Make Love Your Aim — text, no images

‘Make love your aim’: Paul’s words matter
Nathan Day Wilson

I can remember the exact place and time when I realized that “cogito, ergo sum” — that is, “I think, therefore I am” — was less important than “amo, ergo sum” — that is, “I love, therefore I am.”
I was a student at the Ecumenical Graduate Institute at the University of Geneva in Switzerland. I was nominated by my 51 classmates from 32 different countries to preach at a worship we were to lead at the Ecumenical Centre.
The student selected to be the worship leader, with whom I was to plan all the non-musical components of the worship service, was a woman from Rwanda named Mary. Mary is a physician who was educated and trained by the Red Cross. Mary and I developed an important and close friendship working together on this worship, the focus of which was reconciliation.
I put considerable thought and study into the issue of reconciliation. I interrogated the Bible. I investigated the historic examples of times that restitution necessarily accompanied reconciliation. I inspected the nuances that led some to seek retribution and reject reconciliation.
In short, I gave this topic and this worship a lot of thought.
When Mary and I met one afternoon, I told Mary what I learned and she listened very politely. We engaged in conversation, found points of agreement and points of difference, and then Mary asked, quietly, if she could share something with me. I said, “sure.”
During the civil war in Rwanda, Mary was serving as a new physician with
the Red Cross. During the war, two of Mary’s children, her husband, both of her parents, and two siblings were killed by the opposing tribe. But since Mary was a physician sanctioned by the Red Cross, she had to provide care for any injured person, even when she knew that this person was from the tribe that murdered her family.
She said to me, “Nathan, I had to trust in God’s reconciling power. I had to give God’s love all the room in my heart, and save nothing for hate. I had to. Otherwise, I could not live with myself.”
That’s when I realized that it’s not thinking that gives us meaning, it is loving.
Don’t get me wrong. I’m all for sound thinking. In fact, I would argue that love allows for better thinking.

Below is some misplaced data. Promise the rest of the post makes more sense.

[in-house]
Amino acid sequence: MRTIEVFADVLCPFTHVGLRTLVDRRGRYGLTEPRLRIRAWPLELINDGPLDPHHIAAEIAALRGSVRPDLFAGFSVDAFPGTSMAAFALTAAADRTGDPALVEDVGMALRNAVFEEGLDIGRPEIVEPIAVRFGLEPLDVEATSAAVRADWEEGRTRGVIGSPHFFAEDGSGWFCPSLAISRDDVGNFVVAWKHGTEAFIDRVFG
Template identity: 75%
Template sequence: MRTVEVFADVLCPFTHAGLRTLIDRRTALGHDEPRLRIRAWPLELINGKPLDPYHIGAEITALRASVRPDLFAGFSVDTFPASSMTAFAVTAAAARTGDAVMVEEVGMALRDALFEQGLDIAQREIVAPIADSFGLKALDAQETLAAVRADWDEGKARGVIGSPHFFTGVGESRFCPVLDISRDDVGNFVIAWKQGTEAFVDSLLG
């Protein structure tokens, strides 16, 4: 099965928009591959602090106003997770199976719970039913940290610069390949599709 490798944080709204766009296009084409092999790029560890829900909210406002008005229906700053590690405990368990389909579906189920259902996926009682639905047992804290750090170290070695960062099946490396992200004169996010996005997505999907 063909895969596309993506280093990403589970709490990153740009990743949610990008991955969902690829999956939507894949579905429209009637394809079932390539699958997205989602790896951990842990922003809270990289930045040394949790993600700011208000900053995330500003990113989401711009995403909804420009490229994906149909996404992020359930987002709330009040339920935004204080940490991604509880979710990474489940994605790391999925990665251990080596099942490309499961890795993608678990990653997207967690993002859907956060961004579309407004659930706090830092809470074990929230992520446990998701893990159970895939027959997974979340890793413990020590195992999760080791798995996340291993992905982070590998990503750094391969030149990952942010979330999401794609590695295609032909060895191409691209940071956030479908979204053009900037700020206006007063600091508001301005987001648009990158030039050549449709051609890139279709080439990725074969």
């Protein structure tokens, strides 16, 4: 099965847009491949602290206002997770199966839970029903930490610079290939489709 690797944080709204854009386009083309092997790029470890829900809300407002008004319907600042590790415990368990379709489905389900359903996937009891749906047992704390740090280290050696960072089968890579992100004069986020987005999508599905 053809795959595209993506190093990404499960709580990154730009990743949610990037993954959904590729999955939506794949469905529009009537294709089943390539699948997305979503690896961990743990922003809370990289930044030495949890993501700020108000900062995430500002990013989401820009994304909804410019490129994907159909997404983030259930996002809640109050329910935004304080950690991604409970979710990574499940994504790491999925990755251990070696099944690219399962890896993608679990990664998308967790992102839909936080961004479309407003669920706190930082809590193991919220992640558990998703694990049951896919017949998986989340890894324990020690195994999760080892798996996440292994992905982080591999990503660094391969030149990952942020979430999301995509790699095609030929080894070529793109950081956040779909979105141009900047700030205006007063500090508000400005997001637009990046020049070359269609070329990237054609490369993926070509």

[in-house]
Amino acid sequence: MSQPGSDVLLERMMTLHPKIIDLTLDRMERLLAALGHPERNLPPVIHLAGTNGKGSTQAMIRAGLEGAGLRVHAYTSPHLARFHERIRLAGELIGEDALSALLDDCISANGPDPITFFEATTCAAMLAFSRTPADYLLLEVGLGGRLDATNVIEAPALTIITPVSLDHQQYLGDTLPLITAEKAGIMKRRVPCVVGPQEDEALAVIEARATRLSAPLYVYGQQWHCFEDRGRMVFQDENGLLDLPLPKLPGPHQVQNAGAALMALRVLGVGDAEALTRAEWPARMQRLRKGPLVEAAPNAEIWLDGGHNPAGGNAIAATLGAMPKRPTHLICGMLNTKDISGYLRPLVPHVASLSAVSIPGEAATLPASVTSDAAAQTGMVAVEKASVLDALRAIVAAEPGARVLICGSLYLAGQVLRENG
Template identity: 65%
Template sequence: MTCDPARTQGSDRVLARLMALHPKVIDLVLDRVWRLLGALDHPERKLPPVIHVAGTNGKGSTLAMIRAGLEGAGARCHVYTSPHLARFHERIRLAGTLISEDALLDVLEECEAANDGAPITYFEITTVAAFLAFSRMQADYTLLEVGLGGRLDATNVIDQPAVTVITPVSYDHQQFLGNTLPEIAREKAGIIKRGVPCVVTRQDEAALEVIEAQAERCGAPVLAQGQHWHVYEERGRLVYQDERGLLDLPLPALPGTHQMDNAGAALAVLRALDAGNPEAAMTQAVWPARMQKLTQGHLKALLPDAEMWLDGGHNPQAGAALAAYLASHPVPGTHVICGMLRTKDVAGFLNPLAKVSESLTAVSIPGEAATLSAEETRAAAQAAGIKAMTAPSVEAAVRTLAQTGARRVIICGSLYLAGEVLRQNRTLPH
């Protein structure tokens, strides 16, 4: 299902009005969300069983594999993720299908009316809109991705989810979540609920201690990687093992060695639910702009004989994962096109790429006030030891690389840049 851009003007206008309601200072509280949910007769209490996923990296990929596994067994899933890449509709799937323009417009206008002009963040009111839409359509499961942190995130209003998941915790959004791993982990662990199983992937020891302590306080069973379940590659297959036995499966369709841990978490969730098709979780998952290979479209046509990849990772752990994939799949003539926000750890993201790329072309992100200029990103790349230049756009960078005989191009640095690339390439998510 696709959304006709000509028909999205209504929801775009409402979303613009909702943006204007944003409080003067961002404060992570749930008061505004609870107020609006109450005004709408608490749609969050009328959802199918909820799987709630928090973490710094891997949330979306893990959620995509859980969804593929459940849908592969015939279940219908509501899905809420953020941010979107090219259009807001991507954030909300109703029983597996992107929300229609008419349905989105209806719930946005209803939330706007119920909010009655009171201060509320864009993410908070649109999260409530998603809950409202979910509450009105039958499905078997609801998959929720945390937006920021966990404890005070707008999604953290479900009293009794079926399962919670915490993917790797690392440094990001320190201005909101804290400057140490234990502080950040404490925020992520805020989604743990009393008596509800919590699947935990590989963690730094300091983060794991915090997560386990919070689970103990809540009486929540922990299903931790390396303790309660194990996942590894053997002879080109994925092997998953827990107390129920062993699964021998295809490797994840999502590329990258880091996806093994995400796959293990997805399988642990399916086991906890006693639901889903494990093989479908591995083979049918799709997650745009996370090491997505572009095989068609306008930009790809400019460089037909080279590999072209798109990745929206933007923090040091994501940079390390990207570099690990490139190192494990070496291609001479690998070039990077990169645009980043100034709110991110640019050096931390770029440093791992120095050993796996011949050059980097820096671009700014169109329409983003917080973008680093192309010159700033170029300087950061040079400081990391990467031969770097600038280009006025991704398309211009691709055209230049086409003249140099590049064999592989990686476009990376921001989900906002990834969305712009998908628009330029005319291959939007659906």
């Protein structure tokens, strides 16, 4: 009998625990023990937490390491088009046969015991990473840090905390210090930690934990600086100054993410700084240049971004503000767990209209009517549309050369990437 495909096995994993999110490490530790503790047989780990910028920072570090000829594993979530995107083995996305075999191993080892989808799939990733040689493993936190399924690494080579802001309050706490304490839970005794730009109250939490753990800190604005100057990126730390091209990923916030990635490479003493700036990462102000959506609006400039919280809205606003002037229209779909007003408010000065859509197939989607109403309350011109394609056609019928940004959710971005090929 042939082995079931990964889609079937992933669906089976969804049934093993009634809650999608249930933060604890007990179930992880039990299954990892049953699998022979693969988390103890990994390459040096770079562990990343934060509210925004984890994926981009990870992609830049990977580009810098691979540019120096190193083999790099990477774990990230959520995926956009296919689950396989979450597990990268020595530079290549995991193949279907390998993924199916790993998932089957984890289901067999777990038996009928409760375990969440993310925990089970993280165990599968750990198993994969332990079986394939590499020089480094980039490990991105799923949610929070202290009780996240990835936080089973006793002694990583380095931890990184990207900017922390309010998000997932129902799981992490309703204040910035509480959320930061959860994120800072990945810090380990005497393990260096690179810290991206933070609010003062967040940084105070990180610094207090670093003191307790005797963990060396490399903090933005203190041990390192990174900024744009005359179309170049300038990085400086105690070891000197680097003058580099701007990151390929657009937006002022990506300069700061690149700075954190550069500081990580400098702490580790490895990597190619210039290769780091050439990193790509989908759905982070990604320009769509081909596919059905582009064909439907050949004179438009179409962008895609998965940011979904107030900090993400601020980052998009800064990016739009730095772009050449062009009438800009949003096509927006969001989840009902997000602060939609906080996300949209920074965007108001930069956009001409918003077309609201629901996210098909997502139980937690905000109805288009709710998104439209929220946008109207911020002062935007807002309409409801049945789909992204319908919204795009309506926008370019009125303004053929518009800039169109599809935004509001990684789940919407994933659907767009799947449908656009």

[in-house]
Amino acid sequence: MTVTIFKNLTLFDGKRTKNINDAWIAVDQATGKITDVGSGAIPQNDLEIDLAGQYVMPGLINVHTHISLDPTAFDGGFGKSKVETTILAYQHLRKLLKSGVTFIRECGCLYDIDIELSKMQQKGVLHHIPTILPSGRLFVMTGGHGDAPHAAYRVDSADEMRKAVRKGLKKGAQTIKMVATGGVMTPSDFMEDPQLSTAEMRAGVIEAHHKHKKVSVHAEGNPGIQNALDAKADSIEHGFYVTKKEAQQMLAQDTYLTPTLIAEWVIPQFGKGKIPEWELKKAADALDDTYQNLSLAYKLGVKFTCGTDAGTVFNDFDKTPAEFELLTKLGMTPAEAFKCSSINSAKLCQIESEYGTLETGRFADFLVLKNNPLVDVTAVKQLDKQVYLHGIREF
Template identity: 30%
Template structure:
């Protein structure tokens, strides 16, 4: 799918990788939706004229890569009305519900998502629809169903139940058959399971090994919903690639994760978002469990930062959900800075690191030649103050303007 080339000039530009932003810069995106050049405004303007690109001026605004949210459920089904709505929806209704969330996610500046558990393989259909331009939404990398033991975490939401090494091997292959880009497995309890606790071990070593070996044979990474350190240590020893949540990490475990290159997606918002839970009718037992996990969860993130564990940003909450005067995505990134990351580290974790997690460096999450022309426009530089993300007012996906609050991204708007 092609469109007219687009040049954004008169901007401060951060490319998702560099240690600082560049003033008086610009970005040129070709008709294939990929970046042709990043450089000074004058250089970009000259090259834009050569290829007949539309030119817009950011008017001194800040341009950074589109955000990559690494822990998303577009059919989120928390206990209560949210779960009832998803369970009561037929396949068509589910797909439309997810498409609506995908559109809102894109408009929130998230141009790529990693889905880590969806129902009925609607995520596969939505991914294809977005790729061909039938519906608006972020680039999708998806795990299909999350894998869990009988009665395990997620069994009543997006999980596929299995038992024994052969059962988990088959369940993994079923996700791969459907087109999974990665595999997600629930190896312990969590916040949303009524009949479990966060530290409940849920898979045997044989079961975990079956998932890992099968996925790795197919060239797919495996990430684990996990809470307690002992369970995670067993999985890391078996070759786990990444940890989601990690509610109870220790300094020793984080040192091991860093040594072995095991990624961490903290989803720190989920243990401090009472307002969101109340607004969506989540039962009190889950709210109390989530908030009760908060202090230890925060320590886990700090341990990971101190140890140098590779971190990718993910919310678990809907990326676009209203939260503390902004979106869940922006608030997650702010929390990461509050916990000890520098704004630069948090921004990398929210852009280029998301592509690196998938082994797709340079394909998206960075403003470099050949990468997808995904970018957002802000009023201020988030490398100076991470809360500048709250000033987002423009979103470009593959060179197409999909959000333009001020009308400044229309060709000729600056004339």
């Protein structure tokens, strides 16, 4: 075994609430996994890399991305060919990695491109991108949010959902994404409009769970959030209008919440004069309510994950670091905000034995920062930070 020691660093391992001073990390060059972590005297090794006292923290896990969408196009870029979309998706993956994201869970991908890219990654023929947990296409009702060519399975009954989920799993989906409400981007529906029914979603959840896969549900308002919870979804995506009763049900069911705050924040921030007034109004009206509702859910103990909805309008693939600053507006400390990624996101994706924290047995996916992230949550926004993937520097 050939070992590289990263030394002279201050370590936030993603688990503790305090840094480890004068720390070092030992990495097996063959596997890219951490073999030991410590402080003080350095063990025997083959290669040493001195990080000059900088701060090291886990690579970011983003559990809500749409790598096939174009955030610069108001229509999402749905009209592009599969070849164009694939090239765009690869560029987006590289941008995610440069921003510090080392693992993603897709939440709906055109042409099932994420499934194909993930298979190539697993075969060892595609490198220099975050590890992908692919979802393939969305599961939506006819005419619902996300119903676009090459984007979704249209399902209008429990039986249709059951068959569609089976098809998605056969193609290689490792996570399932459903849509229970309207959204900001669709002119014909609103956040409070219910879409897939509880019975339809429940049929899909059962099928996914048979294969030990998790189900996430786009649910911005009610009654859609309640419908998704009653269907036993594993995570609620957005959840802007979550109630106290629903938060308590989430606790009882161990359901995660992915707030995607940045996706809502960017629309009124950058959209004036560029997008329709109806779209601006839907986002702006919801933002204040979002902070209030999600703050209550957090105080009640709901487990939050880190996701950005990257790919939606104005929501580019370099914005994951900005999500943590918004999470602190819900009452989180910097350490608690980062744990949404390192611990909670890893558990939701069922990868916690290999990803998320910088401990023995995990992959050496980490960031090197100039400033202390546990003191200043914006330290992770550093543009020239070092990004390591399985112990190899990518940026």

But as Paul suggests in 1 Corinthians, “If I can fathom all mysteries and have all knowledge but do not have love, it profits me nothing.”
For those of us who profess to follow Christ, Paul suggests that our incorporation into the risen Christ is not merely a union of our person with his. Rather, it includes something much bigger: Union with Christ is necessarily becoming a participant in a newly created order where the old has gone and the new has come.
To be “in Christ” means that the new creation God effected in Christ is reenacted within us. He writes, “If anyone is in Christ, there is a new creation. “
Clearly being part of this new creation includes personal transformation. All our beings — our thoughts, our attitudes, our outlook, our priorities, our concerns, our actions — begin to be made over. Accustomed as we are tothinking that personal transformation resultsfrom our own capacity to improve ourselves,Paul issues the stern reminder that the newcreation is not our own doing! God is the primary mover.
And finally, this transformation allows us no longer to be alienated from one another — split by a wall of hostility — but thanks to God’s actions, to be reconciled to each other. We begin to experience ourselves as free and forgiven and then know others to be the same.
In a time like now, so divided by allegiance to false gods such as money and power, by acts of lovelessness and hatred, and by lines drawn between people according to worldly standards, the Christian witness to God’s intended wholeness is needed now more than ever!
“Make love your aim,” writes Paul. Indeed.

Wilson is an ordained minister in the Christian Church (Disciples of Christ). Follow him on Twitter: @nathandaywilson

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